4. 4. Developing Country Studies www.iiste.org ISSN 2224-607X (Paper) ISSN 2225-0565 (Online) Vol.4, No.21, 2014 64 changes in a country also affect the exports of a country negatively. Due to uncertainty of returns on investment in politically uncertain countries, investors prefer to move their investment into a politically safe country. Several studies have shown that political instability adversely affects the investment and income inequality (Barro 1991; Alesina and Rodrik 1994; Persson 1994; Easterly and Levine 1997). There is bilateral causation between political instability and income inequality. Income inequality leads to political instability, which subsequently can reduce not only the domestic but foreign investment in that country. This situation not only influences the production efficiency of a country but also hampers its exports and ultimately the growth. According to (Srivastava and Green 1986), politically stable nations have higher exports. The impact of political instability on economic growth is not direct. It directly influences investment and exports and consequently influences economic growth. Although previous literature explains the role of political instability in economic growth, but very few studies analyzed the role of political instability in bilateral trade. For the countries of the developed world in general and developing world in particular, economists emphasize on an economic strategy which reflects export promotion and substitution of imports from within the country. Bilateral trade in the background of economic variables such as price level, level of income, and exchange rate has been extensively studied. There are very few studies that analyzed trade in the canvas of political instability. Political instability is an important determinant of bilateral trade, like any other important macroeconomic and financial variable (Awokuse and Gempesaw II 2005). Therefore, it cannot be ignored while evaluating the performance of export sector. (Morrow, Siverson et al. 1998) view that democratic governments and political alliances foster bilateral trade among countries. According to (Ades and Chua 1997), political instability, institutional disruptions, and civil wars result in skilled labor migration and destruction of infrastructure necessary for production and trade. (Oh and Reuveny 2010) unveil that increase in political risk substantially reduces bilateral trade. Political instability and potential threat of future government actions to restrict trade leads to reduction in current volume of international trade (Pollins 1989; Dixon and Moon 1993; Morrow, Siverson et al. 1998; Awokuse and Gempesaw 2003). Trade empowers economic development which fosters peace and stability in the respective country (Sachs, Warner et al. 1995). It also minimizes internal conflicts by strengthening government and discourages rebellions (De Soysa 2002; Fearon and Laitin 2003), because even rebels can find better alternative sources of earning in the respective country (Collier and Hoeffler 1998; Fearon and Laitin 2003; Ross 2004). Moreover, instability breeds insecurity. It also induces a fall in the efficiency and management of domestic institutions. Both of these factors increase the cost of bilateral trading operations, making it difficult to keep these relationships alive or to generate the new ones. Insecurity, according to (Anderson and Marcouiller 2002), is just like an invisible tax on trade. It increases the cost of traded goods for some countries, exposing them at to a comparative disadvantage. (Nunn 2007) confers that compared to resource legacies, implementation of flawed treaties have more severe effects on trade. In the domain of other social instabilities, (Easterly and Levine 1997) argues that ethnic and linguistic differences are also one of the main hindrances in implementation of beneficial policies for economic development in sub-Saharan Africa (SSA). Economic costs of war depend on its scale and duration and become clearly manifest after the war is over. Some of its major consequences include rise in inflation and capital flight from the respective countries torned by civil strifes (Davies 2008). Civil wars severly affect the bilateral trade (Martin, Mayer et al. 2008). (Sambanis 2004) finds that unrest and instability actually shake the confidence of traders and investors. Domestic policies infested with uncertainties reduce private investment, especially in the developing countries (Roubini 1991; Blomberg and Hess 2006). (Anderson and Marcouiller 2002) studied the impacts of many types of violence on international trade. They concluded that terrorism, internal conflicts, and external conflicts severely affect the economy and yield statistically significant impacts for the bilateral trade. It is evident from literature that political instability has significantly impacts on the exports of a country, and it can be either positive or negative. It can affect economic growth negatively which leads to a reduction in the income of respective country, consequently leaving it with less ability to pay for imported goods. Thus, the demand of Chinese exports declines due to political instability abroad. Political instability in importing countries may lead to an increase in demand for Chinese exports. This is possible only when the political instability in the importing countries affects the production of goods, but not the means of transportation in respective territories, due to frequent production stoppages because of social and political unrest. Chinese export to those countries can also increase, if they serve as a substitute for the domestic production. This phenomena is true only in short run. (Awokuse and Gempesaw II 2005)’s findings agree with this because they believe that US agricultural exports increase only when political instability in trading partners disrupts their agricultural production but not the means of transportation. (Bashir, Xu et al. 2013) argue that adverse regime change in China’s trading partners can affect the Chinese exports negatively. They also conferred that revolutionary wars in its trading partners also affect Chinese exports negatively, but this result is not statistically robust. In the long run, as the domestic production increases in importing countries, with the recovery of their political and economic systems, their reliance on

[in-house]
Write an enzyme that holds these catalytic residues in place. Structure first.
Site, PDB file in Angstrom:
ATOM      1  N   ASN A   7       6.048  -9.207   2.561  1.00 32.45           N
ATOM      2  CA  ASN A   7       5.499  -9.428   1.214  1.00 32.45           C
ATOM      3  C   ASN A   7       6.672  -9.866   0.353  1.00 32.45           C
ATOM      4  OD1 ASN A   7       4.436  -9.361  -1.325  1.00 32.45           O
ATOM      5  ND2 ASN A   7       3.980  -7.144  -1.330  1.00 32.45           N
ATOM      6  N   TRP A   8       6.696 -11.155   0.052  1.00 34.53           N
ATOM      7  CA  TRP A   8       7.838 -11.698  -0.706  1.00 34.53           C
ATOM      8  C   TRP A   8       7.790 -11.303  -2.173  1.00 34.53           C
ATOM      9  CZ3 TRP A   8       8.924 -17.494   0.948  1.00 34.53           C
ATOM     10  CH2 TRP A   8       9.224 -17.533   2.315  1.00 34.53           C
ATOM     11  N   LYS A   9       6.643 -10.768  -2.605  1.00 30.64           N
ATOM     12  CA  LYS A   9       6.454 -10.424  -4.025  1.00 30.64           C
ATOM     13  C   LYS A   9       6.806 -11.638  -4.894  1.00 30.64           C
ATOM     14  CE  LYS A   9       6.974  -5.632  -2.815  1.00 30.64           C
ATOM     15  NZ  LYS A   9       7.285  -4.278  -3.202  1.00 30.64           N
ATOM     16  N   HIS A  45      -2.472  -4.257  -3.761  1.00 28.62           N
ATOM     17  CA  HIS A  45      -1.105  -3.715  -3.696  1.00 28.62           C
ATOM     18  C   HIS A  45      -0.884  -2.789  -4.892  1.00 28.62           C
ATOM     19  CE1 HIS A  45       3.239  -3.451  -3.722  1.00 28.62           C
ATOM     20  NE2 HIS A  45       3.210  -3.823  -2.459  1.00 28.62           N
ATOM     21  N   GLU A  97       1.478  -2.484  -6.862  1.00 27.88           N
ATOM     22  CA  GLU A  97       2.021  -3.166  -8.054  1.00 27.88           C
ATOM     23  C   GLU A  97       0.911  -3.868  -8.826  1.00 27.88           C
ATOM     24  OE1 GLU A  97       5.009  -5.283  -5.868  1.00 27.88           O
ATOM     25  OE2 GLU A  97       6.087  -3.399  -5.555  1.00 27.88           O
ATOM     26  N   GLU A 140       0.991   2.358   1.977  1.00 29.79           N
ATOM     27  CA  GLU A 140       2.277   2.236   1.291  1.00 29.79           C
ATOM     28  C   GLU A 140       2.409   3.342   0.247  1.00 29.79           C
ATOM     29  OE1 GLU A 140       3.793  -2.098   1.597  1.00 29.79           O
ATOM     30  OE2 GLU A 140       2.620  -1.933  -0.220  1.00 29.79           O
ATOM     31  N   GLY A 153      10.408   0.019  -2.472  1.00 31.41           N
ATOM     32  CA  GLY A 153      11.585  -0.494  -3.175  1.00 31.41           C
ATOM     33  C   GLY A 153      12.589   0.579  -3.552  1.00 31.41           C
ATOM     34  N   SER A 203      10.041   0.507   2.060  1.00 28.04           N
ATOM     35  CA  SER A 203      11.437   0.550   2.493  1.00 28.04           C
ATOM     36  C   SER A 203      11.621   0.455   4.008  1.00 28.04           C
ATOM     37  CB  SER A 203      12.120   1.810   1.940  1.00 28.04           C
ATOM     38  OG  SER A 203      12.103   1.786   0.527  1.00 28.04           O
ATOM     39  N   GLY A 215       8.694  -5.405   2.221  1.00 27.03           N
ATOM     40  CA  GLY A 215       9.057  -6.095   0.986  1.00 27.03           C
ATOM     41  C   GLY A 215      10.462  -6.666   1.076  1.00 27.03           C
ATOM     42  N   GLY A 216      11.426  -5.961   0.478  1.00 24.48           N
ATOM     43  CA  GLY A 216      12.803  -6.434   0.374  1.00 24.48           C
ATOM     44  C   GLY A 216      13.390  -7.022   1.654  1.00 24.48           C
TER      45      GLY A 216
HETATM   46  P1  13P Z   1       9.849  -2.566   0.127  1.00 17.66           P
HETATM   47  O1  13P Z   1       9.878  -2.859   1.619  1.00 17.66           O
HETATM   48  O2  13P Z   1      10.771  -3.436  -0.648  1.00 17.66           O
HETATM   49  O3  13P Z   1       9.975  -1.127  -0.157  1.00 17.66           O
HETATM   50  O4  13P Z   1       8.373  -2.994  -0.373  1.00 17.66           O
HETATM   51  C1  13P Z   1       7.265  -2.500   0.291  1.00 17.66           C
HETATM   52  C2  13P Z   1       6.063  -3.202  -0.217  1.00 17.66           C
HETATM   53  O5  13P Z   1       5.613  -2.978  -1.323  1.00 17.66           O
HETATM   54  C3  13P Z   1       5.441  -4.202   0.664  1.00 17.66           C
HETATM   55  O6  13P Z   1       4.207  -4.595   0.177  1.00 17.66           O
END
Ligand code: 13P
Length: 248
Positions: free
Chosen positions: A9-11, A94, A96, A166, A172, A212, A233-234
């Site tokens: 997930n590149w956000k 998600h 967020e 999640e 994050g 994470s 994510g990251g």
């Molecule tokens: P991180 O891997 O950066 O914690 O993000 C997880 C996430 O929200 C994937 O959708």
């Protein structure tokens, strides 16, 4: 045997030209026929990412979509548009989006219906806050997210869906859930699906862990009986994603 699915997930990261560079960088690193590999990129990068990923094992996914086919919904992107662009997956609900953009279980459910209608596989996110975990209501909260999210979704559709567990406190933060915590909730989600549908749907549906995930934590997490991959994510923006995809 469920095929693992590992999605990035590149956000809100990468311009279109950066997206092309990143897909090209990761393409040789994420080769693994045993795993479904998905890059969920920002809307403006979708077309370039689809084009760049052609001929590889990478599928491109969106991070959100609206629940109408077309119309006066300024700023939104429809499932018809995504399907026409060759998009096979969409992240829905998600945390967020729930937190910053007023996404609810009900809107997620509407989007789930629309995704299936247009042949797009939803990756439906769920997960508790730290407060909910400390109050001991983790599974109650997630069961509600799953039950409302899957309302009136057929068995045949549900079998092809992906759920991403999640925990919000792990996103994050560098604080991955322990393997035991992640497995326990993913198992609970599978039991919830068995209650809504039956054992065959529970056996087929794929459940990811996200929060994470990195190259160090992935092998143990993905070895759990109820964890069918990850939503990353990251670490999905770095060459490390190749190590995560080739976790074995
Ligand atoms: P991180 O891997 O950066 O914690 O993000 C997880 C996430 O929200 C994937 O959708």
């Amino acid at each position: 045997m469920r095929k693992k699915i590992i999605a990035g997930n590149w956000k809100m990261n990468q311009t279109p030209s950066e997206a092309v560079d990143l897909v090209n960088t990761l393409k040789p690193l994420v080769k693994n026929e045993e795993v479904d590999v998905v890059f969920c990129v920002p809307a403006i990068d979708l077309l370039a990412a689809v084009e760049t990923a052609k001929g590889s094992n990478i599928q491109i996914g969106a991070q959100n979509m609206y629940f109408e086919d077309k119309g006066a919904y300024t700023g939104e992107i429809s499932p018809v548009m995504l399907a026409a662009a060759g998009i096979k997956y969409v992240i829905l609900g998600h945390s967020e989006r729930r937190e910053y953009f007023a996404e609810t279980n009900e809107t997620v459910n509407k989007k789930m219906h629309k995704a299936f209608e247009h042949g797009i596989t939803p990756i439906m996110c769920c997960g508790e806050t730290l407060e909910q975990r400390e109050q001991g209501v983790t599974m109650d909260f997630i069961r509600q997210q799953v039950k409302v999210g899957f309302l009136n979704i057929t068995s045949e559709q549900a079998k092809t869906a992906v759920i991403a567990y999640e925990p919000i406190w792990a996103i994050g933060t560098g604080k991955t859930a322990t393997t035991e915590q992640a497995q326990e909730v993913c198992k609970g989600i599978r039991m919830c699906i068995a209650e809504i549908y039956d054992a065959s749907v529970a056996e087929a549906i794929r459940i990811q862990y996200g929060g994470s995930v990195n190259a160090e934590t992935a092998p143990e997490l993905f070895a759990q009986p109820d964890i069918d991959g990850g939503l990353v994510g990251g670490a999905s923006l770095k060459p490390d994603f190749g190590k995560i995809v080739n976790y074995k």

5. 5. Developing Country Studies www.iiste.org ISSN 2224-607X (Paper) ISSN 2225-0565 (Online) Vol.4, No.21, 2014 65 Chinese exports decreases. High political instability is likely to foster short run political time horizon, and government will reduce investment in the long term projects, such as education and health, and focus on short term and politically motivated and economically unfeasible projects (Fosu 1992; Fosu 2002). The short sightedness of politically unstable governments also serves as a source of increase in Chinese exports, because the respective government exports serve as an immediate substitute to fulfill the demands of local people. To actually increase the production efficiency, a country needs some structural reforms which usually take long time. From the literature we can conclude that political instability, in the countries having bilateral trade with China, can be an important determinant of Chinese exports. 3. Model and Estimation Technique We used the following export demand function to measure the impact of foreign political instability on Chinese export. LnExpijt = β0+ β1LnExpijt +β2LnYjt+ β3LnYjt+ β4LnPopjt+ β5LnPsjt+ β6LnRerjt+ νt+ ηi+εit Where j = 1…..134 denote Chinese trading partners, t = 1992…….2011, i = China, νt = time specific effect and ηi = country specific effect. Table 2 explains all variables in detail along with data sources. We cannot apply Ordinary least square (OLS) method of estimation to above mentioned model, because country specific effect is unobservable and included in the error term. We observed that lagged dependent variable and other independent variables are not strictly exogenous, so they may be correlated with country specific effect. Due to endogeneity of one or more independent variables, simple panel model results are biased. One solution of the problem is to use within groups fixed effect model, but according to (Bond 2002) panel fix effect (FE) estimates are badly biased downward in small sample, however they are biased upward in large sample. In current study, our data set has large number of countries and small time dimensions so we used Arellano Bond dynamic panel generalize method of movements (DGMM) method, because we can use all uncorrelated variables with error term including lagged and difference variable as instruments. In the presence of endogeneity, generalized method of movements method (GMM) gives reliable results. We will prefer dynamic system generalized method of movements (DSGMM) over dynamic difference generalized method of movement (DDGMM) method, because difference generalized method of movement perform poorly if there is missing value in data (Roodman 2006). Another disadvantage of difference generalized method of movements is that we lost a large number of observations due to differencing equation. In current model, most of the variables are random walk or close to random walk. In such a situation, it is better to use System generalized method of movements (SGMM) instead of difference generalized method of movement (DGMM), because SGMM approach produces more efficient and precise estimates compared to DGMM. SGMM approach achieves it by improving precision and reducing sample biasness (Bond 2002; Baum 2006; Roodman 2006; Roodman 2007). Table 2: Variable Description, Sources and Summary Statistics* Variable Description Source Obs. Mean Std. Dev. Min. Max. Lnexp Value of Chinese export to country j (constant2005USD) UN COMTRADE 2623 8.479 1.093 4.694 11.512 Lny GDP per capita (constant 2005 USD) USDA 2680 3.543 0.707 1.881 4.944 Lnpop Population in millions USDA 2680 7.015 0.683 5.250 9.075 Lnrer Real exchange rate (2005 USD) USDA 2680 -0.434 1.254 -3.699 6.145 Lnychn Chinese per capita GDP (constant 2005 USD) USDA 2680 3.120 0.222 2.746 3.496 Lnps Political instability index (range 0-100 where 0 mean complete political instability while 100 mean completely politically stable) ICRG 2573 0.695 0.108 -0.133 0.872 *Ln is natural log of a variable and value of all variables is log value, USDA = United States Department of Agriculture. ICRG = International country Risk Guide by PRS group. 4. Results and Discussion The results of six regression models are summarized in Table 3. Dynamic OLS estimates are summarized in Column 2, while column 3 and 4 present the results of Panel FE model and dynamic system generalized method